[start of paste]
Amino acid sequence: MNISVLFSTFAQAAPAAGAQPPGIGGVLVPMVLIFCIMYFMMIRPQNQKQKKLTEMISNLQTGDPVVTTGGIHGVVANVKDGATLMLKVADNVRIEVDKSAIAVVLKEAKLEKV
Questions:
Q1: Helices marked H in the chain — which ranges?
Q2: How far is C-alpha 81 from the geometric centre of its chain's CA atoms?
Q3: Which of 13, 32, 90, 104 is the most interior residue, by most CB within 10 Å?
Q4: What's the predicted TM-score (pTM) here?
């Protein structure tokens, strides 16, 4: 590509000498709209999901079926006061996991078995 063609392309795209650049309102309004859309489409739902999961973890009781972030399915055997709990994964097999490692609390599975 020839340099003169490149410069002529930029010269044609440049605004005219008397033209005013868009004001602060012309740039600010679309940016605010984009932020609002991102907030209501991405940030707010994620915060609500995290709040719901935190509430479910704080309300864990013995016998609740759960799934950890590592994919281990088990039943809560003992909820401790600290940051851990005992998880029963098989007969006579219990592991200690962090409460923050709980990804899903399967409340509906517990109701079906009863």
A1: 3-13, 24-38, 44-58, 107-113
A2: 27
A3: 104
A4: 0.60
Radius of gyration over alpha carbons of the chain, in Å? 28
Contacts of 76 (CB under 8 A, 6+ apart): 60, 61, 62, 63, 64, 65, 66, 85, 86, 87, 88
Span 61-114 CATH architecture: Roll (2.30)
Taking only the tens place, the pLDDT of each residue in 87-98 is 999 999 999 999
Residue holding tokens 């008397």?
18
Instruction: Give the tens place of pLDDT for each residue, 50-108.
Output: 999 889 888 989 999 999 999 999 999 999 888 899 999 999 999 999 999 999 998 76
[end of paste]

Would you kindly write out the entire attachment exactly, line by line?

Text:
Amino acid sequence: MNISVLFSTFAQAAPAAGAQPPGIGGVLVPMVLIFCIMYFMMIRPQNQKQKKLTEMISNLQTGDPVVTTGGIHGVVANVKDGATLMLKVADNVRIEVDKSAIAVVLKEAKLEKV
Questions:
Q1: Helices marked H in the chain — which ranges?
Q2: How far is C-alpha 81 from the geometric centre of its chain's CA atoms?
Q3: Which of 13, 32, 90, 104 is the most interior residue, by most CB within 10 Å?
Q4: What's the predicted TM-score (pTM) here?
């Protein structure tokens, strides 16, 4: 590509000498709209999901079926006061996991078995 063609392309795209650049309102309004859309489409739902999961973890009781972030399915055997709990994964097999490692609390599975 020839340099003169490149410069002529930029010269044609440049605004005219008397033209005013868009004001602060012309740039600010679309940016605010984009932020609002991102907030209501991405940030707010994620915060609500995290709040719901935190509430479910704080309300864990013995016998609740759960799934950890590592994919281990088990039943809560003992909820401790600290940051851990005992998880029963098989007969006579219990592991200690962090409460923050709980990804899903399967409340509906517990109701079906009863």
A1: 3-13, 24-38, 44-58, 107-113
A2: 27
A3: 104
A4: 0.60
Radius of gyration over alpha carbons of the chain, in Å? 28
Contacts of 76 (CB under 8 A, 6+ apart): 60, 61, 62, 63, 64, 65, 66, 85, 86, 87, 88
Span 61-114 CATH architecture: Roll (2.30)
Taking only the tens place, the pLDDT of each residue in 87-98 is 999 999 999 999
Residue holding tokens 């008397």?
18
Instruction: Give the tens place of pLDDT for each residue, 50-108.
Output: 999 889 888 989 999 999 999 999 999 999 888 899 999 999 999 999 999 999 998 76